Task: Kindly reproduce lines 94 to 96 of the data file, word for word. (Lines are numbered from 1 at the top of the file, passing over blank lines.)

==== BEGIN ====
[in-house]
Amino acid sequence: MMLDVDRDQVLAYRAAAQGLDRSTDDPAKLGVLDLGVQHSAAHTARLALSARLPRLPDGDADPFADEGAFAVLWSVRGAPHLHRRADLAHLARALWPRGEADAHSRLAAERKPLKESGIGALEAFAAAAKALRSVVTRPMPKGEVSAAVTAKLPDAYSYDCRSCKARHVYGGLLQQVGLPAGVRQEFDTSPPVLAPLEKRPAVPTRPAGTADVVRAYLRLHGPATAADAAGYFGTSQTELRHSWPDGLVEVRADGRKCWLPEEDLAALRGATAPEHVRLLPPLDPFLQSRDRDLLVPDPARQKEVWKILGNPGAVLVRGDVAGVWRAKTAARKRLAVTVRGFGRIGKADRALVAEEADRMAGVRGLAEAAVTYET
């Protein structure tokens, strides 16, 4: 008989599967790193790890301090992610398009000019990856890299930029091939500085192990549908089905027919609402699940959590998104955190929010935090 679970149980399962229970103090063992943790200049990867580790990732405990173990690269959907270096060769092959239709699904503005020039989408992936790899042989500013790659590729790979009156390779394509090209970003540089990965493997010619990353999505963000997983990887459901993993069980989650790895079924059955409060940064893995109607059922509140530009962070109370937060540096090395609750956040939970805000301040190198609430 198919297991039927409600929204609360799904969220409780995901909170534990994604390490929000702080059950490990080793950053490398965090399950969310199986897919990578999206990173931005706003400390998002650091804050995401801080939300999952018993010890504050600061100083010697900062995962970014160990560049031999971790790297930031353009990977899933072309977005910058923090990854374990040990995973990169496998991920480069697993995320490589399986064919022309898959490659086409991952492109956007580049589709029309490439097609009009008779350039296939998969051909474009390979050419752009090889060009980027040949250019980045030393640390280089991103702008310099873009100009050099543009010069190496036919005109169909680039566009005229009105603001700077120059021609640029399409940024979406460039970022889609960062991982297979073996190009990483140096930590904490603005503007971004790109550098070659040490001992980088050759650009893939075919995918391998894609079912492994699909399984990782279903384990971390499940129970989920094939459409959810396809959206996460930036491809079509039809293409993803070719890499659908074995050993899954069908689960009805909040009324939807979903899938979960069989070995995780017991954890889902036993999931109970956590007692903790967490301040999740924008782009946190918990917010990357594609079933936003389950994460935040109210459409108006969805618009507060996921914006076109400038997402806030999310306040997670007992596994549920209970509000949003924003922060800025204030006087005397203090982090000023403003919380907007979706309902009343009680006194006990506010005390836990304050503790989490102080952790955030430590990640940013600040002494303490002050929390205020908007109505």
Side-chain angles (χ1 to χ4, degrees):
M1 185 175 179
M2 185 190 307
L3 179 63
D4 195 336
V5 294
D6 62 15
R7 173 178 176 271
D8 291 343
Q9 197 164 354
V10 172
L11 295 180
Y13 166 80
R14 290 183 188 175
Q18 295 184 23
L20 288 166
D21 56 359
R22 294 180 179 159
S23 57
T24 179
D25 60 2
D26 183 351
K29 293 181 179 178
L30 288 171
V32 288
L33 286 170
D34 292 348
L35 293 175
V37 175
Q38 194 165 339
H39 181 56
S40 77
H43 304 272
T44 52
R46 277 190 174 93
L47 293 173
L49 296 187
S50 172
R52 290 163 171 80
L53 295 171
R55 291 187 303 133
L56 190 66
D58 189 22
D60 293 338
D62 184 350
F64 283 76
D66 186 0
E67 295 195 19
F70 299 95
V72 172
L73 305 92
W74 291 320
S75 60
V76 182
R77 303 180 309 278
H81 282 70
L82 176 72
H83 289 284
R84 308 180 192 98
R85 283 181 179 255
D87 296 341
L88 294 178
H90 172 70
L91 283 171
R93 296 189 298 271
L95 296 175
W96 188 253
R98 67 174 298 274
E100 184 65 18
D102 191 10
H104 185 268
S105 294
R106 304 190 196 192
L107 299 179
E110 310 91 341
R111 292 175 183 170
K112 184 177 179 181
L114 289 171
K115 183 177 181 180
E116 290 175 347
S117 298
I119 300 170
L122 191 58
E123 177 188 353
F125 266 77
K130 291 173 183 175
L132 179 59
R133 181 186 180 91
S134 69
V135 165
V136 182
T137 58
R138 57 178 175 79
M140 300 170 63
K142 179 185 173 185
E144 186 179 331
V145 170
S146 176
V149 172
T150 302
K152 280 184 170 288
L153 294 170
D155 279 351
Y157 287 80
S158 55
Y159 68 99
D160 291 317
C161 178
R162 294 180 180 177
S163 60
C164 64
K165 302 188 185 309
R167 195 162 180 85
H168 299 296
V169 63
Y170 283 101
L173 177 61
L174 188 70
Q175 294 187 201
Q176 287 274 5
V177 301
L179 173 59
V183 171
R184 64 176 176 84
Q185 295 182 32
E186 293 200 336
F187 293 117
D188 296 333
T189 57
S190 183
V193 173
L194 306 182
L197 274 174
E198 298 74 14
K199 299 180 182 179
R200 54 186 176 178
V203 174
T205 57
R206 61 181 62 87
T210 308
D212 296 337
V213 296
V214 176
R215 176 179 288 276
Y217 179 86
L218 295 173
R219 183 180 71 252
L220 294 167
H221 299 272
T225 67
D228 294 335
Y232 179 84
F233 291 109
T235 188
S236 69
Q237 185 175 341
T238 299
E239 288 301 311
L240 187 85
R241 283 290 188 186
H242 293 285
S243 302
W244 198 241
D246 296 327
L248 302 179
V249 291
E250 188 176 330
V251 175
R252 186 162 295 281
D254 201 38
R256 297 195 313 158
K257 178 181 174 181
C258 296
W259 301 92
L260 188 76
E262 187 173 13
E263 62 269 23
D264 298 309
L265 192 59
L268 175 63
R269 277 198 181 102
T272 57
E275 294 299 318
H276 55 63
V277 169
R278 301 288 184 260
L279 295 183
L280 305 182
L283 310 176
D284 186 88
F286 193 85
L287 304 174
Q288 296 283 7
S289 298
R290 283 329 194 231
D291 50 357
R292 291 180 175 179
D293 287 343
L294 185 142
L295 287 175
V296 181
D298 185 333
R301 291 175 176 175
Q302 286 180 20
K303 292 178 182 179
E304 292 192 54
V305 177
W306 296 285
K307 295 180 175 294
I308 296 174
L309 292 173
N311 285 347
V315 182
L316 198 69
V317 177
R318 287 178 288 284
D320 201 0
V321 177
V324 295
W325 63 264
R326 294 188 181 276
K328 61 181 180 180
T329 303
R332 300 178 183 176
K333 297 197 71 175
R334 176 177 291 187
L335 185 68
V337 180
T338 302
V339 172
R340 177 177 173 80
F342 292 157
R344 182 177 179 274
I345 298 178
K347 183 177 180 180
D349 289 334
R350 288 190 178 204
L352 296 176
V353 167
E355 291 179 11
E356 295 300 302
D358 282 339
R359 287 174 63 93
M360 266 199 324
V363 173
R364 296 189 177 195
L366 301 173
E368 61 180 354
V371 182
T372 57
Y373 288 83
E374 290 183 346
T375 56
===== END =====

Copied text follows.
V136 182
T137 58
R138 57 178 175 79